By: Carissa Latona
Alex’s Lemonade Stand Foundation (ALSF) works with schools across the country to raise money through fundraising events such as the Great Lemonade War, Change Childhood Cancer and, of course, lemonade stands! The support that schools give to ALSF each year is invaluable.
To support schools as they support childhood cancer research, ALSF updated its school resources. These new lesson plans enrich the experience of learning about ALSF, while also adhering to the demands of the school day.
Here are three ways to incorporate ALSF into your classroom this year:
1. Use the Common Core-Aligned Lesson Plans
ALSF has developed Math and English Language Arts (ELA) plans that align with the Common Core State Standards. There are ELA lessons to accompany the ALSF picture book, Alex and the Amazing Lemonade Stand; writing lessons that involve research skills, persuasive writing and storytelling; and math lessons that cover skills from basic computation to creating arrays. Each lesson plan includes accommodations and modifications to account for students’ varying needs and can be easily adapted based on the dynamic of the class.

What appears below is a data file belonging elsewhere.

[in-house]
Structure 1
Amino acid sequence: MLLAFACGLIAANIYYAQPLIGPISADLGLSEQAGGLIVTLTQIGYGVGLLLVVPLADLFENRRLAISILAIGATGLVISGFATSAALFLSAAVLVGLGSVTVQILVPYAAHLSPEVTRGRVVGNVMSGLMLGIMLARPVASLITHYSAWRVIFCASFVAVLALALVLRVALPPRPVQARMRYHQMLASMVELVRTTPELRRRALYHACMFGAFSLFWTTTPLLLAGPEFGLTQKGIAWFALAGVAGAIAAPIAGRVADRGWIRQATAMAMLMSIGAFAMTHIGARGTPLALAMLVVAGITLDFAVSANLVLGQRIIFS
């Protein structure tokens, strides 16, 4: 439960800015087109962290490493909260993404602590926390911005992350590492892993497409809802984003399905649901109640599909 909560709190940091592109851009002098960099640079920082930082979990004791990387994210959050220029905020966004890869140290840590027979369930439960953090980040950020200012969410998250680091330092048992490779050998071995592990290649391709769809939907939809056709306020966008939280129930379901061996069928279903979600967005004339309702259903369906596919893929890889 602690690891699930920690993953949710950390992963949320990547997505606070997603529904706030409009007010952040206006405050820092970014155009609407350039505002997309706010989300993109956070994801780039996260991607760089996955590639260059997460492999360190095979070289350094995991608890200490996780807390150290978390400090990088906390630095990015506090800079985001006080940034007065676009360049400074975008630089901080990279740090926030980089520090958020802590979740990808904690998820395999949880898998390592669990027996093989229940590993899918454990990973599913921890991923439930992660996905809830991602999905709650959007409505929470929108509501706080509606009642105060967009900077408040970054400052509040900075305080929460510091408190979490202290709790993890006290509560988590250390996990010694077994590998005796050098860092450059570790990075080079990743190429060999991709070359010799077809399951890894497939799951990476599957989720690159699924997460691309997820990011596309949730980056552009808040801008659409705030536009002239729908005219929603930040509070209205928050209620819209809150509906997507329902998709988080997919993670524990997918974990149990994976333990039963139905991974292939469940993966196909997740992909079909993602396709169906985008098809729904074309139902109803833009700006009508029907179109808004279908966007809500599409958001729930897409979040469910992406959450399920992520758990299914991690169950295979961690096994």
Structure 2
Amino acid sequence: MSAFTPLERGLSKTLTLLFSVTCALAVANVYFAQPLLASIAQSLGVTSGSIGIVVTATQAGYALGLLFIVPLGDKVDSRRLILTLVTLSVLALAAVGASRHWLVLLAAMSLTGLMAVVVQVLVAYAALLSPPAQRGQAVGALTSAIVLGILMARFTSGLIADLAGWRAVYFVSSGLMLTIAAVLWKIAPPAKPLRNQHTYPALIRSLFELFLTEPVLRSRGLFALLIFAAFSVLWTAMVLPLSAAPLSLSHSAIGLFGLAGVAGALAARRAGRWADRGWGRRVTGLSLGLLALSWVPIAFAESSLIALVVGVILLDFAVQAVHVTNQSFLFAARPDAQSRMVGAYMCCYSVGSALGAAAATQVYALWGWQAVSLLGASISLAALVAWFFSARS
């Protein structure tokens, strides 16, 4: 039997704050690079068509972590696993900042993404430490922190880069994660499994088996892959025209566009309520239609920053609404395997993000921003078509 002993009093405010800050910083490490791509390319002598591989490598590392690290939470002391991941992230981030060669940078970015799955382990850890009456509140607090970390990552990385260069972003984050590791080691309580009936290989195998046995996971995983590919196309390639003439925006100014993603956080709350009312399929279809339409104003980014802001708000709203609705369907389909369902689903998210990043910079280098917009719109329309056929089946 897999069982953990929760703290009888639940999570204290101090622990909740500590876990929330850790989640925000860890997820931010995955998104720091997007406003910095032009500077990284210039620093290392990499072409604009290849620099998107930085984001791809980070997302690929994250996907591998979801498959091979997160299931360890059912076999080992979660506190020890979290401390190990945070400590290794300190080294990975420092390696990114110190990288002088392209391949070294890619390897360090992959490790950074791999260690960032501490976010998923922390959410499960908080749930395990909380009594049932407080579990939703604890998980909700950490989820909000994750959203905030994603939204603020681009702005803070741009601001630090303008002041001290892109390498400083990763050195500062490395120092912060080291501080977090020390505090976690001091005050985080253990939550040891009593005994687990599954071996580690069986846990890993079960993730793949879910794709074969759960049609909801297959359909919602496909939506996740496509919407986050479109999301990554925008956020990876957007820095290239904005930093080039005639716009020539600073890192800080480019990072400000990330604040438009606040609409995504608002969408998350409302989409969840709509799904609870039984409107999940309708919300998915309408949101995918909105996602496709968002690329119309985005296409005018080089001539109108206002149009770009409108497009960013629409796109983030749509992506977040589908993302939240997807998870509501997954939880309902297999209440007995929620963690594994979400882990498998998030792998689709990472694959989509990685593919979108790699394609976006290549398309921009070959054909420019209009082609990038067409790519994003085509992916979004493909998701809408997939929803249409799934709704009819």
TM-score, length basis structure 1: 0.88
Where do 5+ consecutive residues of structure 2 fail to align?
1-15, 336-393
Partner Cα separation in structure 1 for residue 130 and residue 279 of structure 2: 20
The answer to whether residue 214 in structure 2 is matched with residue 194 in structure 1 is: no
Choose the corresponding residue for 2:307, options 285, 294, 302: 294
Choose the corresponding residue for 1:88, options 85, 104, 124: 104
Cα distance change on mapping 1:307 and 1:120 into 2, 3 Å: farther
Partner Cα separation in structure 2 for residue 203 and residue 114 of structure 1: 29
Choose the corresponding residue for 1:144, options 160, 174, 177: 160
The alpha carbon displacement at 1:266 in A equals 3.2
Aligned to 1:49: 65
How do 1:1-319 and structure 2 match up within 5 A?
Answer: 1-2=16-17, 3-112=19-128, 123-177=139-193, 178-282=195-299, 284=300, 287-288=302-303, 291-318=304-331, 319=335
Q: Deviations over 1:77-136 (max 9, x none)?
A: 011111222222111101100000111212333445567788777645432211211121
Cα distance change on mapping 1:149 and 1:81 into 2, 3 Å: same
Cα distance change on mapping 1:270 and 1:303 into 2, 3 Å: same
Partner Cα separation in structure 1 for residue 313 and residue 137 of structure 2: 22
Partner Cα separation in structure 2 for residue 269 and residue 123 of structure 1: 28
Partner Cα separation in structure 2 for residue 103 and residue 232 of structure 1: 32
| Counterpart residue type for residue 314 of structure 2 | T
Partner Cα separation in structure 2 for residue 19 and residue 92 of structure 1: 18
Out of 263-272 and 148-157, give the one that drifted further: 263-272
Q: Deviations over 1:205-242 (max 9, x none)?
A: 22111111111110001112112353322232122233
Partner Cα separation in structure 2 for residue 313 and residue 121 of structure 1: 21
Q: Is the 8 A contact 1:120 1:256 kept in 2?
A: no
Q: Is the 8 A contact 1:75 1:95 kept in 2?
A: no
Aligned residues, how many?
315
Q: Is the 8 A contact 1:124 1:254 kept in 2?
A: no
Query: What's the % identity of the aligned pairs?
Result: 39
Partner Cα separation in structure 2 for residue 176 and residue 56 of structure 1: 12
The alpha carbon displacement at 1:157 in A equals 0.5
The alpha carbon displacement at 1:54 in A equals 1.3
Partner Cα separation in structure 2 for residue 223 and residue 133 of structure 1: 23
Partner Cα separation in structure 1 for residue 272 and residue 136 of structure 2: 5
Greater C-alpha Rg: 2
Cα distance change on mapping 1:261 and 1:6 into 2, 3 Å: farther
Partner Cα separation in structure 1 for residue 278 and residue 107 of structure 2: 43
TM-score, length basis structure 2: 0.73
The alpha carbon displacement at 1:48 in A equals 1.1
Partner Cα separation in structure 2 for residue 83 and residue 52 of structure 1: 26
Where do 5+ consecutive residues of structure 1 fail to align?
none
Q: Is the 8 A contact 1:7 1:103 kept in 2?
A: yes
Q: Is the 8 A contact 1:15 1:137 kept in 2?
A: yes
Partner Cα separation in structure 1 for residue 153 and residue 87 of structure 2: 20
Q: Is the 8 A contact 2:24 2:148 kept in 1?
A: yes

2. Promote Positive Mindsets and Classroom Culture
In addition to the core subject lessons, there are now Character Development plans and activities. Many of these plans are adaptable for students of all ages. Multiple learning styles are represented through singing songs, building bridges, acting out skits and mixing ingredients according to a given recipe. The main goal of these lessons is to encourage both a positive self-image and a sense of teamwork among your students that they can use in the classroom and beyond.
3. Apply Lessons at Fundraising Events
Fundraising is a fun, rewarding activity to incorporate into your classroom or school community. Our new resources include elementary and secondary school fundraising ideas that vary in event length, amount of necessary time and resources and time of day for the event to be held. Educators can prepare for their fundraiser by building students’ knowledge of Alex and ALSF; use math lessons to set their students up for success when handling donations; and debrief the experience.
Carissa Latona, a data entry coordinator at ALSF, is also a former teacher, curriculum writer and a reading intervention specialist. She created the new school resources for ALSF.